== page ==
Aristocratic Masculinity in France (1450-1550): From Knight to Courtier

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Looks at how masculinity is depicted in knightly memoirs in 15th century France. The meaning of male and female sexuality was constructed on a hierarchical scale of one single gender, and not a binary opposition of two biologically distinct bodies. The author shows numerous examples of this trend in the knightly memoirs that support this understanding. By the end of the sixteenth century, it is evident that a gender crisis did not occur among noble warriors, since men who styled themselves knights merely adopted many of the outward forms of the courtier while retaining a right to violence as both a mark of nobility and signifier of manhood.


“This book offers a great deal to early modern historians. It engages and intersects with some of the most prominent historiographical issues of our day. The arguments advanced here fundamentally challenge several of them, and though they may be contested, that they are grounded so firmly in an extensive evidential base demands that they be weighed with care and met with further research. One can hardly ask for more from a book.”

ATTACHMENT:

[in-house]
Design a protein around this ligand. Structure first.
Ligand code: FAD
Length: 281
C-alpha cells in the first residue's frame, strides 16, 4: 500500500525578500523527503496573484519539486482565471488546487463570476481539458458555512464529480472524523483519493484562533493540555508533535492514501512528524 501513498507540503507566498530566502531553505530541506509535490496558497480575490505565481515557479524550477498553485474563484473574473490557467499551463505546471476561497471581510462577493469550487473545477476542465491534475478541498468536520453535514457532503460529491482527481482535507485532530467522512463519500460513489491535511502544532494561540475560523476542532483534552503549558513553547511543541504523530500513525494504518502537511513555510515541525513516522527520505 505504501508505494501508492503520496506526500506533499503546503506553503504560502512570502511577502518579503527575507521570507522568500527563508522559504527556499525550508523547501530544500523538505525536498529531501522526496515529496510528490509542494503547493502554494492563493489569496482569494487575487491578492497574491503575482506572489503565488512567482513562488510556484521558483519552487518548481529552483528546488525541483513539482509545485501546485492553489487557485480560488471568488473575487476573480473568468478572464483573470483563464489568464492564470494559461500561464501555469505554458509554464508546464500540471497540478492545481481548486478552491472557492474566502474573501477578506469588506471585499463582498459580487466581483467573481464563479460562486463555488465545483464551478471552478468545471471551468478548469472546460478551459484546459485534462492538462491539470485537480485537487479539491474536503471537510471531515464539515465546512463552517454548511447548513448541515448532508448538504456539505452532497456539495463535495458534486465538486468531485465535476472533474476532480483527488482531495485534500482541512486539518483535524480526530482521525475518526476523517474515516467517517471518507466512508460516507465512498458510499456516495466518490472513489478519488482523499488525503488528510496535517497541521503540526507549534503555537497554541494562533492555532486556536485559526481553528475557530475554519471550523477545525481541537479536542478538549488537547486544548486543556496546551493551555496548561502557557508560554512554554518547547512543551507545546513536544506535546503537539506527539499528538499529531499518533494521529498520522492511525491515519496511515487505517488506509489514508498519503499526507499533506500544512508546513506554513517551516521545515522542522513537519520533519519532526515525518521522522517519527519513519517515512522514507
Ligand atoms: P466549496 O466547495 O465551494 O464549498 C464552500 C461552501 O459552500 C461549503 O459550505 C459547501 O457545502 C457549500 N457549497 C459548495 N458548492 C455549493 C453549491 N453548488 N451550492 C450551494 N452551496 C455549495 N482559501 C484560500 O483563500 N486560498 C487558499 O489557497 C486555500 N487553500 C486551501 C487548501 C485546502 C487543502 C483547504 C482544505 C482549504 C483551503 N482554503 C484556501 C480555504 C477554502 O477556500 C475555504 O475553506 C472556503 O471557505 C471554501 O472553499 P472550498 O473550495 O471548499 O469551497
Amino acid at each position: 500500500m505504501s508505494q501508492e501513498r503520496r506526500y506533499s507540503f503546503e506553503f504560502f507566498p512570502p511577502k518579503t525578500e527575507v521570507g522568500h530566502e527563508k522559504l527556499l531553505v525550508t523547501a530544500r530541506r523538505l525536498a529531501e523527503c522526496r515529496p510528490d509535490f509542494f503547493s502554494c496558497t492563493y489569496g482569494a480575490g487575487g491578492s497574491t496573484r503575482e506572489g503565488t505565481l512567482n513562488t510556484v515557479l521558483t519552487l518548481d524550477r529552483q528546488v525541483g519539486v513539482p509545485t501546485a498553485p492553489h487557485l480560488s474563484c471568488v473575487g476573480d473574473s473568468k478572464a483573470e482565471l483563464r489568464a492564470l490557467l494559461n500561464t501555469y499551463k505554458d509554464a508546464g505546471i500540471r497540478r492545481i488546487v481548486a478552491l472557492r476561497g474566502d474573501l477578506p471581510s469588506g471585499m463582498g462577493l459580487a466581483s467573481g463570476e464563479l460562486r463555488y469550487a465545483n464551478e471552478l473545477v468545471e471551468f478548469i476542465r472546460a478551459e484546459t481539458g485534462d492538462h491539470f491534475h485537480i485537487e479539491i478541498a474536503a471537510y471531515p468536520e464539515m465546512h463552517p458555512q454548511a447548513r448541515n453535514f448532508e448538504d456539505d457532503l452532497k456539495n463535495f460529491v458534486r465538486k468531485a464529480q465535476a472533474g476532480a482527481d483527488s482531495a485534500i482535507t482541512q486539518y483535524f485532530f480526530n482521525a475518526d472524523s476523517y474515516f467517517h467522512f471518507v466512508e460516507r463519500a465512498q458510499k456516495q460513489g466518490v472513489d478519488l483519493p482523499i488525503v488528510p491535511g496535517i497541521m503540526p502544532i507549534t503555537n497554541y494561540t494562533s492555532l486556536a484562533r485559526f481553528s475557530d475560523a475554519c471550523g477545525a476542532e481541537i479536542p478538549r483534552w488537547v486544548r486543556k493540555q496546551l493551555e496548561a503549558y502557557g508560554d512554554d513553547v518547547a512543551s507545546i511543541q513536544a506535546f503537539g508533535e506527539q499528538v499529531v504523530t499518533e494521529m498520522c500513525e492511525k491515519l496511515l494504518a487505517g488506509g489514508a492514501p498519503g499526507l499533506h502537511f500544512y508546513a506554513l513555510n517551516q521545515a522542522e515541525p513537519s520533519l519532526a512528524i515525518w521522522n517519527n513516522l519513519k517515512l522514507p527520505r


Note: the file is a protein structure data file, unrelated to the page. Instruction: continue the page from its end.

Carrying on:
-Prof. James R. Farr
Purdue University

“…the book’s argument is not prone to speculation and offers detailed scholarship that breaks new ground.”

-Prof. Dominique Hoche,
West Liberty State University

“…shows the diligent, meticulous work of a consummate researcher who has taken all of these variables into account and pieced the portrait of this era together like a detective reconstructing a criminal act.”

-Prof. John Lennox,
Purdue University

Table of Contents

Abstract i
Foreword by James R. Farr iii
Acknowledgements vii
Chapter 1 Introduction 1
Foundations of Gender 10
Shifting the Focus 20
Establishing Parameters 33

Chapter 2 Chivalric Influences 45
Content and Context: A Soldierly Focus 48
Impact of Humanism: Arms over Letters 55
Feudal, Religious, or Romantic Chivalry? 66

Chapter 3 Education 85
Ages, Stages, and Categories 87
Humanist Critique and Contextual Change 100
Adaptation 111

Chapter 4 Courtesy and Chivalry 119
The Lessons of Courtesy 126
A Perceptible Change 138

Chapter 5 Men at Work 151
War as Sport 157
The Masculinity of War 171
The Changing Face of War 192

Chapter 6 Friends, Enemies, and Others 205
Behavior between Friends 211
“Unnatural” Friendship 225
Behavior Between Enemies 240

Chapter 7 Men, Women, and Gender 253
The Beast Within 259
An Idle Comparison 267
The Changing Perception of Noble Women 278

Chapter 8 Conclusions 295

Bibliography 319

Index 343

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